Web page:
How to conduct a virtual job interview for your school
Coronavirus has changed everything. And even though your school might have opened its doors a little wider to accept more children, that doesn’t mean the dangers COVID presented the world with have disappeared. Teaching staff are worried about social distancing for pupils, and themselves and parents are concerned about their children.
There’s a lot of anxiety surrounding schools at the moment, and understandably so. And when you need to recruit new teaching staff for September term starts, how can you interview without unnecessarily compromising your safety and theirs? Many schools have been utilising conferencing call applications such as Zoom or Skype to hold staff and senior leadership team meetings – so why not extend its use to interviews? In fact, Zoom has removed its previous call time limit of 40 minutes for primary and secondary schools affected by the Coronavirus.
Virtual interviews can help minimise anxiety surrounding social distancing – but can bring with it a whole set of new worries. Whether you’re worried about using an application you’re not 100% familiar with, or you’re worried about handling yourself confidently on the call, we’re sharing some virtual interviewing tips to help you interview with confidence.
Complete a practice run
A practice run is always advisable when you’re doing something you’re not familiar with. Conducting a practice run on another member of staff or a family member can help you get to grips with the different buttons and features such as mastering screen share and understanding common issues.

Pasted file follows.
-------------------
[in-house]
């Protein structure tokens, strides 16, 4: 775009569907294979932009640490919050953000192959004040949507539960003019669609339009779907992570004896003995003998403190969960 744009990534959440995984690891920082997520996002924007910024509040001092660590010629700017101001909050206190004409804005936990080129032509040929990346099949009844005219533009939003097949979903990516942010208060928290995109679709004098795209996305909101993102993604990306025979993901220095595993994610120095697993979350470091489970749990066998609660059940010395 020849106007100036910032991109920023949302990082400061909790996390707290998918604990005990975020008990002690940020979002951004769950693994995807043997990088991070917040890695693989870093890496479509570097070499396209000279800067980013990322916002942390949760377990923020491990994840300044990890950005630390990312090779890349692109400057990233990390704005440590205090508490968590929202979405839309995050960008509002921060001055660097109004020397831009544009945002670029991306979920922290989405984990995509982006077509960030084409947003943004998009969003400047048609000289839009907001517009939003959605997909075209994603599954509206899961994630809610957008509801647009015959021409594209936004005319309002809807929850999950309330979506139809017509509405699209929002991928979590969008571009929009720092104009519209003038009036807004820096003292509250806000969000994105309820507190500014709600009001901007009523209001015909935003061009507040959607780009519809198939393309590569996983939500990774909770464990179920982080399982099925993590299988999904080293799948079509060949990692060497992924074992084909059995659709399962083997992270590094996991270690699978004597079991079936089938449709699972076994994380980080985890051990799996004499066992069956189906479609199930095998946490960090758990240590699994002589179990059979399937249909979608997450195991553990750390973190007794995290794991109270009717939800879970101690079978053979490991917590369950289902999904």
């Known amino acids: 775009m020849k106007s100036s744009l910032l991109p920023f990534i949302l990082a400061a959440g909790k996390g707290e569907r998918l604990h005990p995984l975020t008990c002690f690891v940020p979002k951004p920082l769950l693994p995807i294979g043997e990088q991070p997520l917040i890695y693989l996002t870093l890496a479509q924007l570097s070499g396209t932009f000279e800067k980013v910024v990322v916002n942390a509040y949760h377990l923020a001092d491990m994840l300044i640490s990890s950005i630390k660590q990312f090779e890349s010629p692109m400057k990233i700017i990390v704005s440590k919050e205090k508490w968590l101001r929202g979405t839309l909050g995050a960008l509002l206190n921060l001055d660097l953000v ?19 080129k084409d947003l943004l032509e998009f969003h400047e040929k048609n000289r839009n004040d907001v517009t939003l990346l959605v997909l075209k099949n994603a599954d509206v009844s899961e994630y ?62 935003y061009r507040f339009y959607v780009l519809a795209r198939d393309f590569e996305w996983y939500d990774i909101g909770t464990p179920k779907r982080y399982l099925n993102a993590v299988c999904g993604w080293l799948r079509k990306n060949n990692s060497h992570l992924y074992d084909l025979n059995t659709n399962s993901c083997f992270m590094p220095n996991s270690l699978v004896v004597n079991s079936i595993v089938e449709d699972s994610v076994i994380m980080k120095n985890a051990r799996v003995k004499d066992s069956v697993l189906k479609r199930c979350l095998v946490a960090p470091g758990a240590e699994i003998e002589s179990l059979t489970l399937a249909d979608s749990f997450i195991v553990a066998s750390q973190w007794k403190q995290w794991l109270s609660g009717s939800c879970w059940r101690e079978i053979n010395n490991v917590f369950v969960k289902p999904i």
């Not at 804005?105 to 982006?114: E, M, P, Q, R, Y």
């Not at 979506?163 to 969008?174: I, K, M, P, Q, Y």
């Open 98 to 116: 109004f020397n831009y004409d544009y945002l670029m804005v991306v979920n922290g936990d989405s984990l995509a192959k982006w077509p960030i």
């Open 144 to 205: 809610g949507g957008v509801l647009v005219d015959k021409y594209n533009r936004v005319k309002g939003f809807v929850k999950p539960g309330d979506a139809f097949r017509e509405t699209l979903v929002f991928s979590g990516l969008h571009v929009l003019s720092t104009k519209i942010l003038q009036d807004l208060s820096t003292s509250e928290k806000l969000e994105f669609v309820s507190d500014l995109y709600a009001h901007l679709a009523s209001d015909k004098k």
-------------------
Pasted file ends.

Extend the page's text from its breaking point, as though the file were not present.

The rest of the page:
Prepare an interview process
After you’ve completed your test run, it’s important to think about the process for the interviewee. Usually, they might have had a walkaround in the weeks leading up to the application, but with social distancing, this won’t have happened. Instead, you can offer a virtual walkaround whether it’s live or pre-recorded.
Try and keep to the same process for every virtual interview. This way, you can share details with the applicant, so they know exactly what to expect, i.e. the format of the interview, don’t forget, they might be a little nervous too.
Choose a well-lit space to conduct your interview
You need to ensure your interviewee can see you clearly and hear your questions. Non-verbal cues play an important role in how we communicate and understand each other. Being able to hear what you’re saying and read facial expressions will help put the interviewee at ease.
Finding a quiet space, such as your office or the staff room, is a must. Although the noise might not sound too bad to you, it can warp the sound for your interviewee and not understanding or being able to hear a question clearly can be frustrating and impede their chances.
To sum up:
- Clear communication should be a priority from the outset – this includes communicating the process to the interviewee before your interview and communicating clearly through the interview itself
- Choose a quiet and bright space to conduct your interview in. This reduces distractions and helps the interviewee read non-verbal cues.
- Practice, practice and practice some more! Always carry out a test run, whether it’s to learn how to start a video call, share your screen or just for peace of mind.
Hopefully, these tips have helped you adequately equip yourself for your virtual interview process. Good luck – we’re sure you’ll do great!